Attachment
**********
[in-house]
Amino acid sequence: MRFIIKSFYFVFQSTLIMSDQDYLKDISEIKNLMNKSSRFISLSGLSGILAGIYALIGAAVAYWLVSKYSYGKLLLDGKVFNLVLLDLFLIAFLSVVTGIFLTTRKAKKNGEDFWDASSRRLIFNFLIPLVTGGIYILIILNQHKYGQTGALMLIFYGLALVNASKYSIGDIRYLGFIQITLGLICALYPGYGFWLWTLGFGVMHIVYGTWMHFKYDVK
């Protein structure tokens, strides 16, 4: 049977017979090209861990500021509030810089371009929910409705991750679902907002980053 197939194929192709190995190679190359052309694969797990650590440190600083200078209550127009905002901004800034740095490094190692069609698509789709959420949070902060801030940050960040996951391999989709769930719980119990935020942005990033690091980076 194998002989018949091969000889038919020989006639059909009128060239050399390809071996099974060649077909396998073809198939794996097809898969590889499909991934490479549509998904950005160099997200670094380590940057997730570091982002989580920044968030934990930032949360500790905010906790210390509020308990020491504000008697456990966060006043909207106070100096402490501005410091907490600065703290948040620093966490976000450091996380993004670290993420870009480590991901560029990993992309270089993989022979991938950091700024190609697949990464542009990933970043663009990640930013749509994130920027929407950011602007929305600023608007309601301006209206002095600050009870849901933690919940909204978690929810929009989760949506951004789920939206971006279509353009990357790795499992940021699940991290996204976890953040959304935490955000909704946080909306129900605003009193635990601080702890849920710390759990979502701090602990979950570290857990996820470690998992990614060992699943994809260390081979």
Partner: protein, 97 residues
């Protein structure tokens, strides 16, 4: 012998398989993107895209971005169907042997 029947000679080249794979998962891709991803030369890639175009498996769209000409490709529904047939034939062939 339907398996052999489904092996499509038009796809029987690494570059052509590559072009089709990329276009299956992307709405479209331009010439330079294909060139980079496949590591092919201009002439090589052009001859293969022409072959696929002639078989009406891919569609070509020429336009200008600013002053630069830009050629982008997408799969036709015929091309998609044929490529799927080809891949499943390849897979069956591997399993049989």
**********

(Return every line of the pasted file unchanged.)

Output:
[in-house]
Amino acid sequence: MRFIIKSFYFVFQSTLIMSDQDYLKDISEIKNLMNKSSRFISLSGLSGILAGIYALIGAAVAYWLVSKYSYGKLLLDGKVFNLVLLDLFLIAFLSVVTGIFLTTRKAKKNGEDFWDASSRRLIFNFLIPLVTGGIYILIILNQHKYGQTGALMLIFYGLALVNASKYSIGDIRYLGFIQITLGLICALYPGYGFWLWTLGFGVMHIVYGTWMHFKYDVK
């Protein structure tokens, strides 16, 4: 049977017979090209861990500021509030810089371009929910409705991750679902907002980053 197939194929192709190995190679190359052309694969797990650590440190600083200078209550127009905002901004800034740095490094190692069609698509789709959420949070902060801030940050960040996951391999989709769930719980119990935020942005990033690091980076 194998002989018949091969000889038919020989006639059909009128060239050399390809071996099974060649077909396998073809198939794996097809898969590889499909991934490479549509998904950005160099997200670094380590940057997730570091982002989580920044968030934990930032949360500790905010906790210390509020308990020491504000008697456990966060006043909207106070100096402490501005410091907490600065703290948040620093966490976000450091996380993004670290993420870009480590991901560029990993992309270089993989022979991938950091700024190609697949990464542009990933970043663009990640930013749509994130920027929407950011602007929305600023608007309601301006209206002095600050009870849901933690919940909204978690929810929009989760949506951004789920939206971006279509353009990357790795499992940021699940991290996204976890953040959304935490955000909704946080909306129900605003009193635990601080702890849920710390759990979502701090602990979950570290857990996820470690998992990614060992699943994809260390081979």
Partner: protein, 97 residues
């Protein structure tokens, strides 16, 4: 012998398989993107895209971005169907042997 029947000679080249794979998962891709991803030369890639175009498996769209000409490709529904047939034939062939 339907398996052999489904092996499509038009796809029987690494570059052509590559072009089709990329276009299956992307709405479209331009010439330079294909060139980079496949590591092919201009002439090589052009001859293969022409072959696929002639078989009406891919569609070509020429336009200008600013002053630069830009050629982008997408799969036709015929091309998609044929490529799927080809891949499943390849897979069956591997399993049989």